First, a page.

If the driver decides to shift to a gear that can only be engaged by shift mechanism 112, for example 3rd gear, the following actions will take place. Before shift mechanism 112 can be activated, shift mechanism 12 has to be put into the neutral position. Under normal operating conditions, ECU 44 will not activate shift mechanism 112 before it receives a signal from sensor 40 that shift mechanism 12 is in the neutral position. However, in case that an electronic failure or error happens and ECU 44 attempts to engage shift mechanisms 12 and 112 simultaneously, interlocking mechanism 30 prevents this from happening. This mechanical interlocking feature is extremely important to avoid serious damage to gearbox 10. To neutralise shift mechanism 12, ECU 44 signals solenoid valve 22 to direct oil onto piston 18 and solenoid valve 24 to create a return connection for the oil displaced by piston 20. Shift rail 12 will then move towards the neutral position. Activator 42 is continuously sensed by sensor 40 which signals to ECU 44 a signal corresponding to the position of 42 and hence shift mechanism 11. Once shift rail 12 is close to reaching the neutral position, ECU 44 may signal solenoid valve 22 to reduce the flow of oil to piston 18 to reduce the speed of shift rail 12 and so prevent an overshoot condition wherein shift rail 12 passes the neutral position. When shift rail 12 is substantially in the neutral condition, ECU 44 may signal one or both solenoid valves 22 and 24 to stop all flow to and from pistons 18 and 20. In approximately the same period detent mechanism 36 engages with recess 34 b to aid shift rail 12 to settle in the neutral position and to give positive retention of shift rail 12 in that neutral position.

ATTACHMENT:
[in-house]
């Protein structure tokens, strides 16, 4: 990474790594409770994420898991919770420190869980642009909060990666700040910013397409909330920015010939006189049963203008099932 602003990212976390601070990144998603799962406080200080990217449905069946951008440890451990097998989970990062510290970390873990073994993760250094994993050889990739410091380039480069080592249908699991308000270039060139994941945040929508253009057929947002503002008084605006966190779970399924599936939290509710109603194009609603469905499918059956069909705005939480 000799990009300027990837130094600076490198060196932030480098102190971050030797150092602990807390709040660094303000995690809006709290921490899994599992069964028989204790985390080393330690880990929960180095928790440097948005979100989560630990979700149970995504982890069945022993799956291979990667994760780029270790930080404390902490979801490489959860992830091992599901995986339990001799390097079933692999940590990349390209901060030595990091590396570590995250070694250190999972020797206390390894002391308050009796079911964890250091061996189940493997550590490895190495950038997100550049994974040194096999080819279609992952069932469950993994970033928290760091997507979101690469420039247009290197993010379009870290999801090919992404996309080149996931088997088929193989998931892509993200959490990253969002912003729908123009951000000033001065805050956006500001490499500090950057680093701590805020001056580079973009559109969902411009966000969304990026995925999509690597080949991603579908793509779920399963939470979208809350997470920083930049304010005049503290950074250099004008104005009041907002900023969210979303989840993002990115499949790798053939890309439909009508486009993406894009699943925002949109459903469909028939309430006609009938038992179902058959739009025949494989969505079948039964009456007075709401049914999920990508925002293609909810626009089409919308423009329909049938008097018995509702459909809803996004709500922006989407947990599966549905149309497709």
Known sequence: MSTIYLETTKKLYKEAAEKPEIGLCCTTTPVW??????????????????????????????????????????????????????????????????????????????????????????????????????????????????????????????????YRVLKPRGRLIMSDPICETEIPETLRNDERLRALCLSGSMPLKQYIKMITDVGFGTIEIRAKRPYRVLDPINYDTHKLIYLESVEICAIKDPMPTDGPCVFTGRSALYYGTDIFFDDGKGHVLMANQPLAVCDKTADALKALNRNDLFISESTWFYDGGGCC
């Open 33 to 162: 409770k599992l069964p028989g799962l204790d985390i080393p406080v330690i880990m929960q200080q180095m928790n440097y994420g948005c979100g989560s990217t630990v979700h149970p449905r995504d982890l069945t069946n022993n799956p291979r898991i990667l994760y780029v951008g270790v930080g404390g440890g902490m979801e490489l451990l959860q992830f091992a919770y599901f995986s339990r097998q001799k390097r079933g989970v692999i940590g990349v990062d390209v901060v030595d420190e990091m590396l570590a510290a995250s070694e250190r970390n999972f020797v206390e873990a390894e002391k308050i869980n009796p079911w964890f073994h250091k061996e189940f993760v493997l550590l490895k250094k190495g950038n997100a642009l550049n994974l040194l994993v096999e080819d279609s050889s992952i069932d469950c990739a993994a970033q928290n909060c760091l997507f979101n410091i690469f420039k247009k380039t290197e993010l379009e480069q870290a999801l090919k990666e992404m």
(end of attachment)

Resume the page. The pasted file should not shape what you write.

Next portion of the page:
Because of both shift rails 12 and 112 now being in the neutral position, neither of shift rails 12 and 112 are prevented from movement by interlocking device 30.